We will collect data in Lualaba and South-Kivu through participatory research methods. The research will be carried out in partnership with the Centre d’Expertise en Gestion Minière (CEGEMI) at the Université Catholique de Bukavu (UCB). At the University of Lubumbashi (UNILU), a similar research center will be created as part of a new (separate) Belgium-DRC institutional collaboration that will start in 2022 (funded by the Flemish Interuniversity Cooperation). We will engage with a range of actors, with a focus on small-scale producers, workers and affected communities, to better understand whether and how they are able to participate in responsible sourcing initiatives. This includes digital technology, now increasingly adopted in global supply chain regulation.
Nowadays, the rapid innovations and spread of digital technologies hold huge potential for participation. New technologies have served to include citizens’ voices in decision-making, to report on supply-chain conditions and to monitor public service delivery. Digital technologies can also play a key role in shaping and enhancing small-scale producers’ participation in responsible sourcing initiatives. They may help to improve transparency, but also to monitor standards and report issues. Companies such as IBM and Ford are now experimenting with blockchain for cobalt. While in theory blockchain ensures full transparency, in practice this requires a lot of monitoring, institutional support and buy-in from all stakeholders. This project will assess small-scale producers’ access to and engagement with digital technologies in the context of supply-chain due diligence.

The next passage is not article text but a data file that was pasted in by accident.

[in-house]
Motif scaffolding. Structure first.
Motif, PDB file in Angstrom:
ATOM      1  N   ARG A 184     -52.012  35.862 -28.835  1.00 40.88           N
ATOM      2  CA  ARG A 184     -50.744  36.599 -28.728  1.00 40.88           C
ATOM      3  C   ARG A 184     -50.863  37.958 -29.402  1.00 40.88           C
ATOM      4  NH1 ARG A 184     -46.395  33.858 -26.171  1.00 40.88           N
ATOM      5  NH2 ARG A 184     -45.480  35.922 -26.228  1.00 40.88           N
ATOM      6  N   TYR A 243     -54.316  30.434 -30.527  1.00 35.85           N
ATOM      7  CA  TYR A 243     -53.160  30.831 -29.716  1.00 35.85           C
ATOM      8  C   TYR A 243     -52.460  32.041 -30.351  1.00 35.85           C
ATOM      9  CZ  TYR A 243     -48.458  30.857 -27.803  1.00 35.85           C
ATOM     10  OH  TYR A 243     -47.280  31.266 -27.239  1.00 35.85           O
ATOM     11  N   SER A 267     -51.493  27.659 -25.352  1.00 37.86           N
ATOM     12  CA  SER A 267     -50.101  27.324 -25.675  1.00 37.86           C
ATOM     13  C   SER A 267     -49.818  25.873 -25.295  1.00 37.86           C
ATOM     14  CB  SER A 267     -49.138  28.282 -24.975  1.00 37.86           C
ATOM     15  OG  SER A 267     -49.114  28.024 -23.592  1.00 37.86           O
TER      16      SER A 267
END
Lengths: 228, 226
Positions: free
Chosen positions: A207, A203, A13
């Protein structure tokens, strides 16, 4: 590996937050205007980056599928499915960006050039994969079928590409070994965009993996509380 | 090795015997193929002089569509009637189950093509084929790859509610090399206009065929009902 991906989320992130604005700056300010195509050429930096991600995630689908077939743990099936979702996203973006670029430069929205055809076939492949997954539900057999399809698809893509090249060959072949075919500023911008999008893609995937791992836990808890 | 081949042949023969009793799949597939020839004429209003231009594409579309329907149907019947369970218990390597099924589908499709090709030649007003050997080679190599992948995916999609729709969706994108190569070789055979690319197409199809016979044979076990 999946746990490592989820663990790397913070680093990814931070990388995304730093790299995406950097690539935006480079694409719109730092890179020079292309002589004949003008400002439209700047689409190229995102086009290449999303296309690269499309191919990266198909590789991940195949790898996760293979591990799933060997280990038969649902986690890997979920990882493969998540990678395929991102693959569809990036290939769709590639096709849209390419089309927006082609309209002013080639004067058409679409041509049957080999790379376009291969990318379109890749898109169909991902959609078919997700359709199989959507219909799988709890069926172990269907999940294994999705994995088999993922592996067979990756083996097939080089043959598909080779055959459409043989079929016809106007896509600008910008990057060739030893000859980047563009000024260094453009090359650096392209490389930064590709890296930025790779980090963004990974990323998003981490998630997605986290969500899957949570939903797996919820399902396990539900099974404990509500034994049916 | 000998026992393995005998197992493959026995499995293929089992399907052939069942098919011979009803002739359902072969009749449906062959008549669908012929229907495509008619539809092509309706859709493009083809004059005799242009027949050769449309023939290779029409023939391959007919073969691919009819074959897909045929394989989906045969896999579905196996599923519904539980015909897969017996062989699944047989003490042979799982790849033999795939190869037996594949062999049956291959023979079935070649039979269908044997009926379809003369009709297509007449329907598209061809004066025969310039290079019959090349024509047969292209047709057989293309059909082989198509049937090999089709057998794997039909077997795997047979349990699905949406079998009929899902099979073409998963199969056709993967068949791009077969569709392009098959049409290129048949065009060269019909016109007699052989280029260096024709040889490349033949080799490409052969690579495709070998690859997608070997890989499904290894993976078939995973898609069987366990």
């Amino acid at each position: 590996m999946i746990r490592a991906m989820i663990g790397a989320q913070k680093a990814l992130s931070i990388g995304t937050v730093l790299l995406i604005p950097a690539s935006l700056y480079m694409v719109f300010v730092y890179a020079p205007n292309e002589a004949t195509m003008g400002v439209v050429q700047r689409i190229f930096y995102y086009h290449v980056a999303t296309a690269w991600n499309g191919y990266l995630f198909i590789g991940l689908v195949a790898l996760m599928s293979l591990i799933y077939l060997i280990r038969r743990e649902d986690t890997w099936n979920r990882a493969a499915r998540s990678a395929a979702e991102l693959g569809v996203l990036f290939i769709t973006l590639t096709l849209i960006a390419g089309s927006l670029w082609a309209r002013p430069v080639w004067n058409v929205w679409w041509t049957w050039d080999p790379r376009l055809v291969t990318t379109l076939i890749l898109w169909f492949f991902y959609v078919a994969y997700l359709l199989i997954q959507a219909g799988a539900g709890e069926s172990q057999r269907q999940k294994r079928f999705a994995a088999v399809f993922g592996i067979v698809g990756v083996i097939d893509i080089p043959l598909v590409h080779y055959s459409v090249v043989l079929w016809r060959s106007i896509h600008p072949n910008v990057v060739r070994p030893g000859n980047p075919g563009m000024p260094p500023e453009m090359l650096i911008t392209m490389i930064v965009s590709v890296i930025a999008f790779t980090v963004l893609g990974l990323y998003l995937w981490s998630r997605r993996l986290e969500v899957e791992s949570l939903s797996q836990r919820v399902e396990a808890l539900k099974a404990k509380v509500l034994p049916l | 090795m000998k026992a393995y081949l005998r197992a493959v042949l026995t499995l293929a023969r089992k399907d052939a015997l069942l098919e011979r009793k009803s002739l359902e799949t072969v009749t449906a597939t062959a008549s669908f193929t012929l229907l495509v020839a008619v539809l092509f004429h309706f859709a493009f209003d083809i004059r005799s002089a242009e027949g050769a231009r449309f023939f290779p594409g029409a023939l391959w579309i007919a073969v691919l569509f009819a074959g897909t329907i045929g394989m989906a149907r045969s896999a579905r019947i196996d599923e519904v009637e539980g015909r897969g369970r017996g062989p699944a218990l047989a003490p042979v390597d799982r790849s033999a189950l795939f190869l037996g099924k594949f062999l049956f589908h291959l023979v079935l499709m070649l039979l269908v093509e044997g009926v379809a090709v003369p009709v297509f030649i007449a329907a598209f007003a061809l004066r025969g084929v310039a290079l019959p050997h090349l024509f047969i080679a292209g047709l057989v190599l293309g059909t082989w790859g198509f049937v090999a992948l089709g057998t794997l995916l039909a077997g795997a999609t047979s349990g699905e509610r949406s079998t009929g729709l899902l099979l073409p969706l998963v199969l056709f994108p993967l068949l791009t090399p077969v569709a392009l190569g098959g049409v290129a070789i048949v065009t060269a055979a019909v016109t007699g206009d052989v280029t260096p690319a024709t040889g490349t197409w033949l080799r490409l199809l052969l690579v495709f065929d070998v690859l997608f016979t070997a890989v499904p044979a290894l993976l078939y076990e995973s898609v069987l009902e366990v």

In summary, we will investigate small-scale producers’ involvement in decision-making processes and whether they have ‘a seat at the table’. A number of recent private or multi-stakeholder initiatives in responsible sourcing are trying to include small-scale producers and affected communities through steps such as facilitating their access to markets. A key question that our project will seek to answer is whether such initiatives foster 'real, authentic participation', and what needs to be done for this to happen.
- To map the most recent developments in transnational non-state mineral supply chain regulation
- To understand how small-scale producers participate in these regulatory initiatives
- To understand the social dynamics and local knowledge surrounding these supply chains
- To propose pathways for how small-scale producers can be put more in charge
This qualitative study combines several data collection methods by Antwerp-based and Congolese researchers. Data collection will involve desk-based research and analysis of relevant primary sources; semi-structured interviews; and focus groups. We will also assess small-scale producers’ digital connectedness through a survey; conduct participant observation; organize participatory mapping and other activities; and analyze small-scale producers’ representation in policy forums.